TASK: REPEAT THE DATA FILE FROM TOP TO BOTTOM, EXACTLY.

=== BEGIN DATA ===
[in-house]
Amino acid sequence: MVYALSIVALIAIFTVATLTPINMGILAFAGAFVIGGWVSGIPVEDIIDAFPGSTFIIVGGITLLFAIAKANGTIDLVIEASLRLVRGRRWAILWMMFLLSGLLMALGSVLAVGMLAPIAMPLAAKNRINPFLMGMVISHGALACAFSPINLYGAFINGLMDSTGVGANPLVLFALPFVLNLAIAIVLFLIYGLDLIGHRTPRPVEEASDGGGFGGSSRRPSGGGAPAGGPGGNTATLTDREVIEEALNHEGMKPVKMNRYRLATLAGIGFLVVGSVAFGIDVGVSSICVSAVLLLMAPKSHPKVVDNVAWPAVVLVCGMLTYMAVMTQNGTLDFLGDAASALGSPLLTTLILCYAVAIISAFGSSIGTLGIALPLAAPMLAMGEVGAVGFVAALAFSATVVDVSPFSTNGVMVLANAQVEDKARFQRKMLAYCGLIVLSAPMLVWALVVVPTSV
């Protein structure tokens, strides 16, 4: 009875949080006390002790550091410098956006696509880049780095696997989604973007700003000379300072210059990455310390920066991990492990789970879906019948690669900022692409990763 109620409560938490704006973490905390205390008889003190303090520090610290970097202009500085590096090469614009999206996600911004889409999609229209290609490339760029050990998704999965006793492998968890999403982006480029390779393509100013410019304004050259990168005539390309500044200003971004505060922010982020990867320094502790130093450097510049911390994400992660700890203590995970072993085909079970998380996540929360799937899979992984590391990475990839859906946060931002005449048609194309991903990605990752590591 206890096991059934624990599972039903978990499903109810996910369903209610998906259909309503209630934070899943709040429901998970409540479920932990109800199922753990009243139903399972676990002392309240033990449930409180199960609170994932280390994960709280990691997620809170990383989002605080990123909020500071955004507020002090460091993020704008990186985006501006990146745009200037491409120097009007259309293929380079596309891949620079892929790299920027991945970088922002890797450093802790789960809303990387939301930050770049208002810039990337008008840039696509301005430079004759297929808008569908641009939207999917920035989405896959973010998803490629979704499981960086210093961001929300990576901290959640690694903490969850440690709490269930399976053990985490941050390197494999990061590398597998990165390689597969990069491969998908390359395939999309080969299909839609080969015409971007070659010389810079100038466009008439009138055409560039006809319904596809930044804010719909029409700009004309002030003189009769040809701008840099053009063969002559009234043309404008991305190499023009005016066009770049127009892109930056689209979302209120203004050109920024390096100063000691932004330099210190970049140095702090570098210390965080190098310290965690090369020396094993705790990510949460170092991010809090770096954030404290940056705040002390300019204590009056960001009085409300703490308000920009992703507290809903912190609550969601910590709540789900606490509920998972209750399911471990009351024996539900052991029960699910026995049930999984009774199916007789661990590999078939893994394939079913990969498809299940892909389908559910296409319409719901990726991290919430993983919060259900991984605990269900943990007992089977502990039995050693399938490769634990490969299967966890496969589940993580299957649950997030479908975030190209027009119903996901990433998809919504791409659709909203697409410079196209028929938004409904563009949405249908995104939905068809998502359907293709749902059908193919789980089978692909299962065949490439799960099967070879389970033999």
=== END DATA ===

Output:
[in-house]
Amino acid sequence: MVYALSIVALIAIFTVATLTPINMGILAFAGAFVIGGWVSGIPVEDIIDAFPGSTFIIVGGITLLFAIAKANGTIDLVIEASLRLVRGRRWAILWMMFLLSGLLMALGSVLAVGMLAPIAMPLAAKNRINPFLMGMVISHGALACAFSPINLYGAFINGLMDSTGVGANPLVLFALPFVLNLAIAIVLFLIYGLDLIGHRTPRPVEEASDGGGFGGSSRRPSGGGAPAGGPGGNTATLTDREVIEEALNHEGMKPVKMNRYRLATLAGIGFLVVGSVAFGIDVGVSSICVSAVLLLMAPKSHPKVVDNVAWPAVVLVCGMLTYMAVMTQNGTLDFLGDAASALGSPLLTTLILCYAVAIISAFGSSIGTLGIALPLAAPMLAMGEVGAVGFVAALAFSATVVDVSPFSTNGVMVLANAQVEDKARFQRKMLAYCGLIVLSAPMLVWALVVVPTSV
């Protein structure tokens, strides 16, 4: 009875949080006390002790550091410098956006696509880049780095696997989604973007700003000379300072210059990455310390920066991990492990789970879906019948690669900022692409990763 109620409560938490704006973490905390205390008889003190303090520090610290970097202009500085590096090469614009999206996600911004889409999609229209290609490339760029050990998704999965006793492998968890999403982006480029390779393509100013410019304004050259990168005539390309500044200003971004505060922010982020990867320094502790130093450097510049911390994400992660700890203590995970072993085909079970998380996540929360799937899979992984590391990475990839859906946060931002005449048609194309991903990605990752590591 206890096991059934624990599972039903978990499903109810996910369903209610998906259909309503209630934070899943709040429901998970409540479920932990109800199922753990009243139903399972676990002392309240033990449930409180199960609170994932280390994960709280990691997620809170990383989002605080990123909020500071955004507020002090460091993020704008990186985006501006990146745009200037491409120097009007259309293929380079596309891949620079892929790299920027991945970088922002890797450093802790789960809303990387939301930050770049208002810039990337008008840039696509301005430079004759297929808008569908641009939207999917920035989405896959973010998803490629979704499981960086210093961001929300990576901290959640690694903490969850440690709490269930399976053990985490941050390197494999990061590398597998990165390689597969990069491969998908390359395939999309080969299909839609080969015409971007070659010389810079100038466009008439009138055409560039006809319904596809930044804010719909029409700009004309002030003189009769040809701008840099053009063969002559009234043309404008991305190499023009005016066009770049127009892109930056689209979302209120203004050109920024390096100063000691932004330099210190970049140095702090570098210390965080190098310290965690090369020396094993705790990510949460170092991010809090770096954030404290940056705040002390300019204590009056960001009085409300703490308000920009992703507290809903912190609550969601910590709540789900606490509920998972209750399911471990009351024996539900052991029960699910026995049930999984009774199916007789661990590999078939893994394939079913990969498809299940892909389908559910296409319409719901990726991290919430993983919060259900991984605990269900943990007992089977502990039995050693399938490769634990490969299967966890496969589940993580299957649950997030479908975030190209027009119903996901990433998809919504791409659709909203697409410079196209028929938004409904563009949405249908995104939905068809998502359907293709749902059908193919789980089978692909299962065949490439799960099967070879389970033999």